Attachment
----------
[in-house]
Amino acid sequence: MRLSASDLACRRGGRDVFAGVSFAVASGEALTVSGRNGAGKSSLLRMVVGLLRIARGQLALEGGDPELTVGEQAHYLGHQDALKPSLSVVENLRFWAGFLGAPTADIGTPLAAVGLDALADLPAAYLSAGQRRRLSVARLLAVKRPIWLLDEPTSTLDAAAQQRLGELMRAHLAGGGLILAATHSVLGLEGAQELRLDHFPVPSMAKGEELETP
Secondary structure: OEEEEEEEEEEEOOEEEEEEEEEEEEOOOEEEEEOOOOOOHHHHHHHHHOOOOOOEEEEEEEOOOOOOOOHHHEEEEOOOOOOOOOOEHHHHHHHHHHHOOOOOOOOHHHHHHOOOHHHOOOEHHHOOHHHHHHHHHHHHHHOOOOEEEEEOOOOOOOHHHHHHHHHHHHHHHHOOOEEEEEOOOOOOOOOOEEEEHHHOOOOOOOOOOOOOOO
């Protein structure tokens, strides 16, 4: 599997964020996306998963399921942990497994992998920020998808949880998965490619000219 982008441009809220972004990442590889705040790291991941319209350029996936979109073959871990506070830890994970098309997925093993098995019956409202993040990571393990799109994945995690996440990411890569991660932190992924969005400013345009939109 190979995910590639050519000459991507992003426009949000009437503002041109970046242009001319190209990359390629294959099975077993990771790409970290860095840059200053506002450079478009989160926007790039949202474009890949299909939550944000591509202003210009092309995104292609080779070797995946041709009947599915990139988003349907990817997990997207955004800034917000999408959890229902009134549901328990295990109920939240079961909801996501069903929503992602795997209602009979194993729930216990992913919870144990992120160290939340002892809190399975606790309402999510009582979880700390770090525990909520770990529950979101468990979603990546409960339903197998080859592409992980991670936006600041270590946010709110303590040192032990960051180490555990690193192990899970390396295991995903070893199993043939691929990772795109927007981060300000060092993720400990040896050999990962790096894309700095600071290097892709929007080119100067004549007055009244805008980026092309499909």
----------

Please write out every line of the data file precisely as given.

[in-house]
Amino acid sequence: MRLSASDLACRRGGRDVFAGVSFAVASGEALTVSGRNGAGKSSLLRMVVGLLRIARGQLALEGGDPELTVGEQAHYLGHQDALKPSLSVVENLRFWAGFLGAPTADIGTPLAAVGLDALADLPAAYLSAGQRRRLSVARLLAVKRPIWLLDEPTSTLDAAAQQRLGELMRAHLAGGGLILAATHSVLGLEGAQELRLDHFPVPSMAKGEELETP
Secondary structure: OEEEEEEEEEEEOOEEEEEEEEEEEEOOOEEEEEOOOOOOHHHHHHHHHOOOOOOEEEEEEEOOOOOOOOHHHEEEEOOOOOOOOOOEHHHHHHHHHHHOOOOOOOOHHHHHHOOOHHHOOOEHHHOOHHHHHHHHHHHHHHOOOOEEEEEOOOOOOOHHHHHHHHHHHHHHHHOOOEEEEEOOOOOOOOOOEEEEHHHOOOOOOOOOOOOOOO
């Protein structure tokens, strides 16, 4: 599997964020996306998963399921942990497994992998920020998808949880998965490619000219 982008441009809220972004990442590889705040790291991941319209350029996936979109073959871990506070830890994970098309997925093993098995019956409202993040990571393990799109994945995690996440990411890569991660932190992924969005400013345009939109 190979995910590639050519000459991507992003426009949000009437503002041109970046242009001319190209990359390629294959099975077993990771790409970290860095840059200053506002450079478009989160926007790039949202474009890949299909939550944000591509202003210009092309995104292609080779070797995946041709009947599915990139988003349907990817997990997207955004800034917000999408959890229902009134549901328990295990109920939240079961909801996501069903929503992602795997209602009979194993729930216990992913919870144990992120160290939340002892809190399975606790309402999510009582979880700390770090525990909520770990529950979101468990979603990546409960339903197998080859592409992980991670936006600041270590946010709110303590040192032990960051180490555990690193192990899970390396295991995903070893199993043939691929990772795109927007981060300000060092993720400990040896050999990962790096894309700095600071290097892709929007080119100067004549007055009244805008980026092309499909």